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Supply Chain Struggles Burden Local Businesses

Business, Featured

Child picks up toy car from toy store shelf. | Image by mustafagull

The COVID-19 pandemic made it rough for small businesses across North Texas, but a recent supply chain shortage is proving to be another challenge. The owner of The Toy Maven – Preston Hollow, Candance Williams, told WFAA that people have already begun holiday shopping before supplies have a chance to stock up.

“This year has just been exacerbated,” she explained. “Business has not ever been this stressful. We’ve seen just a litany of missed shipments, things that have gone to the wrong store, just a lot of errors along that part of the supply chain that we normally don’t see.”

Williams runs all three toy store locations, including one in Dallas. She said her main problem at the moment is keeping each location stocked. Williams received a notice a few months earlier about possible supply problems.

She told WFAA that this early warning from her manufacturers allowed her to plan ahead. Williams began stocking up on supplies in May so her stores would not be hit as hard by a shortage.

“There are only two rooms in my entire home that do not have floor to ceiling toys stacked in them, and that’s just what we had to do this year to make sure we have product… just put it everywhere,” Williams said.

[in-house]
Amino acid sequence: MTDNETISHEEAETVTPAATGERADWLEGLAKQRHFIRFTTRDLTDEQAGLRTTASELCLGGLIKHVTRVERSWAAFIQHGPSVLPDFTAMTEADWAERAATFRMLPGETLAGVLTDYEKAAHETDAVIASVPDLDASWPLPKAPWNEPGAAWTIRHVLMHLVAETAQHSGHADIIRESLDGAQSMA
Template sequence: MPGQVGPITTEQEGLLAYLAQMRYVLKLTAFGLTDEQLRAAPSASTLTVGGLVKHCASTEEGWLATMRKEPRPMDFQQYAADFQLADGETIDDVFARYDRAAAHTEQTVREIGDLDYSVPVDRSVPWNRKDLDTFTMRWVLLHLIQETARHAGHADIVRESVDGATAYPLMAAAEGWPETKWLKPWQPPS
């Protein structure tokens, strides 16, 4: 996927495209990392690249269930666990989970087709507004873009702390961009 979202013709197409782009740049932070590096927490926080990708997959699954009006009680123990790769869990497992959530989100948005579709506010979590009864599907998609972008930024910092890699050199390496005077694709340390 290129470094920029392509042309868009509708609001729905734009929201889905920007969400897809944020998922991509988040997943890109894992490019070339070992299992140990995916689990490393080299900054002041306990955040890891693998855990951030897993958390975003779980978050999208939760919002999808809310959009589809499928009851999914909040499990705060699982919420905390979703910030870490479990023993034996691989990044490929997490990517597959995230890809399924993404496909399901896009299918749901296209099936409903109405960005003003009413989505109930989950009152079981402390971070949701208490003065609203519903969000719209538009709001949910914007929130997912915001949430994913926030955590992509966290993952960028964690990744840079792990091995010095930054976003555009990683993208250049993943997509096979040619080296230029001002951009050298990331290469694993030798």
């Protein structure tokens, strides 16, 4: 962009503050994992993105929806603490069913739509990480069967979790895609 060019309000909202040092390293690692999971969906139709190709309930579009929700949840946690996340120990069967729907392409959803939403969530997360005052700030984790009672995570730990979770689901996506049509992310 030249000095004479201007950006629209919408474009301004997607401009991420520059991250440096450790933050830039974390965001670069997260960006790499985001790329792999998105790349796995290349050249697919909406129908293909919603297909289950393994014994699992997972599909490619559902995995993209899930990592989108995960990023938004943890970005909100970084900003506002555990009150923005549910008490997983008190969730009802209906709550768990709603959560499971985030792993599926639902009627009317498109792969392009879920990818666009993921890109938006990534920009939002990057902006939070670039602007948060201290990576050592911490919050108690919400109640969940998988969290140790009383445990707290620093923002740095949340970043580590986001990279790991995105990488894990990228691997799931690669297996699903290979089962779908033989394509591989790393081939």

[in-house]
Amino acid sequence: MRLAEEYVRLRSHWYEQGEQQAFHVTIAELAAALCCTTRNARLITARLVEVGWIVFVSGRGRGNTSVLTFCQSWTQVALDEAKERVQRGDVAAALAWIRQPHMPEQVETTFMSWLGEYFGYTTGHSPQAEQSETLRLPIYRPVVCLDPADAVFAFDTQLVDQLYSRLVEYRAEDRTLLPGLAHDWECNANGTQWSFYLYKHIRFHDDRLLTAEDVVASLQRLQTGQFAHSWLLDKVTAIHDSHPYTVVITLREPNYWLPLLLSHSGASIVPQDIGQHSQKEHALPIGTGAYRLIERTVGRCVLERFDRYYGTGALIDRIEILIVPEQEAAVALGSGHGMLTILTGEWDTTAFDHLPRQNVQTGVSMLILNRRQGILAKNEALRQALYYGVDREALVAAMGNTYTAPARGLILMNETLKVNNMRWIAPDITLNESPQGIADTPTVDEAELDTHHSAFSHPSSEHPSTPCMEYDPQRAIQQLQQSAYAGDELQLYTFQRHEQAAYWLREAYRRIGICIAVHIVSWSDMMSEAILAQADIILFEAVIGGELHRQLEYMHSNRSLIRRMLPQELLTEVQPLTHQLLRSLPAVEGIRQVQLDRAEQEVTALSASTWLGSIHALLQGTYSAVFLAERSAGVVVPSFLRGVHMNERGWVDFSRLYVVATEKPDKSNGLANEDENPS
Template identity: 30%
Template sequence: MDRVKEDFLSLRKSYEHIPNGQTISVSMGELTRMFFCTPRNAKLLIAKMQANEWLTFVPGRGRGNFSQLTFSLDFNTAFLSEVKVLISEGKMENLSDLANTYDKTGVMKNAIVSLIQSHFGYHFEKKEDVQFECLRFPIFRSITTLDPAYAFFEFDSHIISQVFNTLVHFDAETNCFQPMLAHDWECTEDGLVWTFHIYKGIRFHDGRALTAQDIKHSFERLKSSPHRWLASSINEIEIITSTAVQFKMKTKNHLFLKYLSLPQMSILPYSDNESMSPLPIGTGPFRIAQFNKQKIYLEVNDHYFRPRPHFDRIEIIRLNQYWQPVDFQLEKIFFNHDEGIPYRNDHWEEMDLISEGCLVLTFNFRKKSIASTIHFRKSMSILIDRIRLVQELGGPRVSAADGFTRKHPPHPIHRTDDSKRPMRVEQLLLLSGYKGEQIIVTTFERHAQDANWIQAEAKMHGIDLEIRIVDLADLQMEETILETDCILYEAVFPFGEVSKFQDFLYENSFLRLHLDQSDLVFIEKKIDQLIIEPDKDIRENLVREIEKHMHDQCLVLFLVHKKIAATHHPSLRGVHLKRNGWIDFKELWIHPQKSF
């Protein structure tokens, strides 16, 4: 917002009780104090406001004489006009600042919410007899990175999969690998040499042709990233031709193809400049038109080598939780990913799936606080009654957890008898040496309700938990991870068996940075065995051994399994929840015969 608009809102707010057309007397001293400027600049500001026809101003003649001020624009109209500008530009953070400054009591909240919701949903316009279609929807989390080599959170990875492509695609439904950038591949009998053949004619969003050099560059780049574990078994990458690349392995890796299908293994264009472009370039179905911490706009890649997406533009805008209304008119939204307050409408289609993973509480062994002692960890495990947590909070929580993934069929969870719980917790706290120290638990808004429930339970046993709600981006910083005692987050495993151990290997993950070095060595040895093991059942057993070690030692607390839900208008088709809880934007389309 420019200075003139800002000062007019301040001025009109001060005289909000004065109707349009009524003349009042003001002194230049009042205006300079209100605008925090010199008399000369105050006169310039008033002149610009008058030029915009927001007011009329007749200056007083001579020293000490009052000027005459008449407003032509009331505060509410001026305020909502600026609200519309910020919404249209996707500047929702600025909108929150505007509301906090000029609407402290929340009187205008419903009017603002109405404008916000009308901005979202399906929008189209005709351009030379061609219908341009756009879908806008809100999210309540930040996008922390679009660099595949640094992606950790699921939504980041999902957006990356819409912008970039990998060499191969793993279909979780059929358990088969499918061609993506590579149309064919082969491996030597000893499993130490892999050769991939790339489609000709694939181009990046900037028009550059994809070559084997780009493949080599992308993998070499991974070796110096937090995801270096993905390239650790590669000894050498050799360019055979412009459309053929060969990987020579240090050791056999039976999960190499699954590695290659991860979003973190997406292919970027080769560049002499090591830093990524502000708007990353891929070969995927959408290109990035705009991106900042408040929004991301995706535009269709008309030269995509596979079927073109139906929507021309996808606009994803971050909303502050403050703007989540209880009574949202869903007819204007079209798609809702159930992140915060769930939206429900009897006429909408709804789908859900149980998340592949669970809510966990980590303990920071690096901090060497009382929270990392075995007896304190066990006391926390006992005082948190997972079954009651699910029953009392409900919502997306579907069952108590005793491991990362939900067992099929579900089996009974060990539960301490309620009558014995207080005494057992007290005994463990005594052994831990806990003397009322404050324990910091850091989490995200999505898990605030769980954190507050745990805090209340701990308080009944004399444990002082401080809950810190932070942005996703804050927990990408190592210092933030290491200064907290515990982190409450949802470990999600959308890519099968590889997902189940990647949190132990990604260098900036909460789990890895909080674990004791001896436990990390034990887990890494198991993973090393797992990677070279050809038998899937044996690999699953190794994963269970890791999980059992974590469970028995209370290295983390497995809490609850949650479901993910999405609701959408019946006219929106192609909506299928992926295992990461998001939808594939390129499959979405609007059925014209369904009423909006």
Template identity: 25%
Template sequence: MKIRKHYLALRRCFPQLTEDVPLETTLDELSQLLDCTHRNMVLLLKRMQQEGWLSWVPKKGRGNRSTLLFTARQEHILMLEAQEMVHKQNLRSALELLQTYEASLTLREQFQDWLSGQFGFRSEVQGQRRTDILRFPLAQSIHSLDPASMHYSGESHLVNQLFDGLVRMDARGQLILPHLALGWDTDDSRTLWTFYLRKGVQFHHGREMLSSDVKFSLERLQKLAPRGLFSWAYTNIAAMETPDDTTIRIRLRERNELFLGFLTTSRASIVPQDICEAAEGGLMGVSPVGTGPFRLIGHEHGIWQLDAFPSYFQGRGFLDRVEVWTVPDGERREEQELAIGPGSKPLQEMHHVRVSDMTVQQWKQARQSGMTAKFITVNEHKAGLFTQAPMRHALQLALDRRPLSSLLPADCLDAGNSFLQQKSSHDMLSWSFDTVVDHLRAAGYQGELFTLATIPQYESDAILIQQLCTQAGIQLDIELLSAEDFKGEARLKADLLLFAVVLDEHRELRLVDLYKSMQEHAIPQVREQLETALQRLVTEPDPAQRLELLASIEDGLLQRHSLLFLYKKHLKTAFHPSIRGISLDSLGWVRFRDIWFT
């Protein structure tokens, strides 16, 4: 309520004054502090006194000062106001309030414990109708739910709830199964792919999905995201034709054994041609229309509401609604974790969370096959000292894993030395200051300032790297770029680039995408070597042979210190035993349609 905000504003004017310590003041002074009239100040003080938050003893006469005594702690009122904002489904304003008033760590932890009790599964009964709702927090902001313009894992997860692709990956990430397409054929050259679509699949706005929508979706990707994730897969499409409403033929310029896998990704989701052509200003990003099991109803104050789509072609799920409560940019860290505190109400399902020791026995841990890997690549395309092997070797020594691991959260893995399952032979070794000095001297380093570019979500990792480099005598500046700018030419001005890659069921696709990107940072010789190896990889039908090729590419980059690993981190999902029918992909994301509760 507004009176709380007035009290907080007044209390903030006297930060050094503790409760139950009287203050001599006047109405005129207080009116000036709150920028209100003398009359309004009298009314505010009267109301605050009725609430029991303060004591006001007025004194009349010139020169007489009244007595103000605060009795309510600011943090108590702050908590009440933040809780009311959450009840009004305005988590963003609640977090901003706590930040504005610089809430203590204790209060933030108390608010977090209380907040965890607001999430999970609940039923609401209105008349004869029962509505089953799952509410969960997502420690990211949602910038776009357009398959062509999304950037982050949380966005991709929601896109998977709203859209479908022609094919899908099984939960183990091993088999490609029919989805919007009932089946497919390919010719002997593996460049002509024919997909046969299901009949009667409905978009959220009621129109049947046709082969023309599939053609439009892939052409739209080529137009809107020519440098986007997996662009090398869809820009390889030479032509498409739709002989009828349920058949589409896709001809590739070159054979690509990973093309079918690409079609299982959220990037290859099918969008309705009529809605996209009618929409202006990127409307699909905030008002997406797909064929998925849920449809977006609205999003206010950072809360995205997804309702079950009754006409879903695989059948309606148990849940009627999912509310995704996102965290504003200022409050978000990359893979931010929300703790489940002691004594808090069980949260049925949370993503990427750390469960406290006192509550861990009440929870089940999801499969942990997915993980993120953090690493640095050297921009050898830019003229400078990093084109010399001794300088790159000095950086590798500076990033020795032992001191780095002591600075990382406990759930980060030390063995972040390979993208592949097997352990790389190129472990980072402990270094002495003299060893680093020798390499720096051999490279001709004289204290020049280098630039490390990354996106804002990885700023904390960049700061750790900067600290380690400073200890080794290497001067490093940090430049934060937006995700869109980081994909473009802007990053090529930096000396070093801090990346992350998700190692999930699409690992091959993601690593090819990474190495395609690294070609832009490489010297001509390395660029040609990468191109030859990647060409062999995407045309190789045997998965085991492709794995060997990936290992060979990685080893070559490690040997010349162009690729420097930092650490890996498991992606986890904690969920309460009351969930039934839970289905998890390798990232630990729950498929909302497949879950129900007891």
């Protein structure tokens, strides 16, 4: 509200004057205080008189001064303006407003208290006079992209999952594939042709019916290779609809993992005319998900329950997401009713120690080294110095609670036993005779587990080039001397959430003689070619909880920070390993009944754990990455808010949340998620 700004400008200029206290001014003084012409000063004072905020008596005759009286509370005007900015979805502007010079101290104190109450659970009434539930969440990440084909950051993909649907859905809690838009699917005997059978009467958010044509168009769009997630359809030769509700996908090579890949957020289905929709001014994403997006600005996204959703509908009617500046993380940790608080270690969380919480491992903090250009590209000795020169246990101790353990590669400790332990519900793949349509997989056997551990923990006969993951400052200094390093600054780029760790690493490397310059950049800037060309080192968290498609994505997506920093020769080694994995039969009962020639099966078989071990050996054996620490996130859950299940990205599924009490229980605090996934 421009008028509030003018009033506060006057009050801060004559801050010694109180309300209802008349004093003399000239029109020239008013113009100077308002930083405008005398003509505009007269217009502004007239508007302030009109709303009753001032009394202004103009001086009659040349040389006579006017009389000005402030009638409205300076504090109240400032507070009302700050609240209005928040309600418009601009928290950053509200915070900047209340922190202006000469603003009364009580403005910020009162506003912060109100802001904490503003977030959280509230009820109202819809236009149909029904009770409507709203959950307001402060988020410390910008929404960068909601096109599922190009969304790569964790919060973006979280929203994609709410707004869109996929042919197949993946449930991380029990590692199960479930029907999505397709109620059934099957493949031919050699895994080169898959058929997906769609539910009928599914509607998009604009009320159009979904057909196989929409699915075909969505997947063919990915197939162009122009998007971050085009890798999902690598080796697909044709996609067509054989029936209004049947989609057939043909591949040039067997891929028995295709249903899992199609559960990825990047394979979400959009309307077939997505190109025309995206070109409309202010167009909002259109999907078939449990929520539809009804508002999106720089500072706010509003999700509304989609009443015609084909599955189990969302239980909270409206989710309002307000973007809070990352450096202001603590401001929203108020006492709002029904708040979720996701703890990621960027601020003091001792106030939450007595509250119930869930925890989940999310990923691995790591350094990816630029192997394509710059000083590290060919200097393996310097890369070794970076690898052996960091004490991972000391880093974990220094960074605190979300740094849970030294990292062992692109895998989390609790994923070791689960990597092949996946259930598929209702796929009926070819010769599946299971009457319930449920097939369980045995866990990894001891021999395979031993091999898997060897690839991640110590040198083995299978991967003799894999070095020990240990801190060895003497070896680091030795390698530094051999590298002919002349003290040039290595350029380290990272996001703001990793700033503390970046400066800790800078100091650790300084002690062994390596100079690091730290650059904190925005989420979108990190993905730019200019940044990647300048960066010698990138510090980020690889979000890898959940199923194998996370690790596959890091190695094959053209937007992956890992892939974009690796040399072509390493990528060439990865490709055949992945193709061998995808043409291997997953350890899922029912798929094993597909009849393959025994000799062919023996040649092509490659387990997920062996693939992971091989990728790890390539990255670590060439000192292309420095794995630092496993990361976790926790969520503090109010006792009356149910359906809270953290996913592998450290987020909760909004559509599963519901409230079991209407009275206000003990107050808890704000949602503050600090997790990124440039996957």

According to WFAA, North Texas is not the only place being hit by supply chain issues. Across the country, there is a lack of truck drivers and warehouse workers.

The Pennsylvania Motor Truck Association president, Rebecca Oyler, said the truck driver shortage in the U.S. was present before the pandemic, but COVID worsened the problem.

“With the pandemic, the demand for freight has exploded. Pandemic shopping hasn’t really let up so supply chains are really struggling to keep up with the demand for shipping and purchasing,” Oyler told WFAA. “We have a truck driver shortage here in the United States. We’ve had one for some time actually, but the pandemic made it much worse.”

President Joe Biden’s administration said the port off of Long Beach, California, will be in operation 24/7 to ease the burden of these problems throughout the upcoming holiday season.

A supply chain expert at the University of North Texas, Dr. David Gligor, told WFAA that this decision would help, but it would take time.

Gligor said, “It should help, but we can’t expect things to go back to normal within days or maybe not even weeks. It’s gonna take a long time to see a significant impact.”

Cadie Magagne, who owns At LaBelle Braiding and Beauty supplies in Dallas, said the shortage had affected shipping times for her store products. Magagne’s store sells hair extensions and other products, and orders that used to take four days are now taking a month to be completed.

“This week, I lost so many customers, because they were tired of waiting and they had to go somewhere else and get their hair,” she said.

Magagne plans to open a third location, but she told WFAA she is still hoping that the shortage issues will improve. She said, “I’m a little bit depressed because I don’t know how long it’s going to take.”

The supply chain shortage and its negative impacts could be felt into 2022, according to WFAA.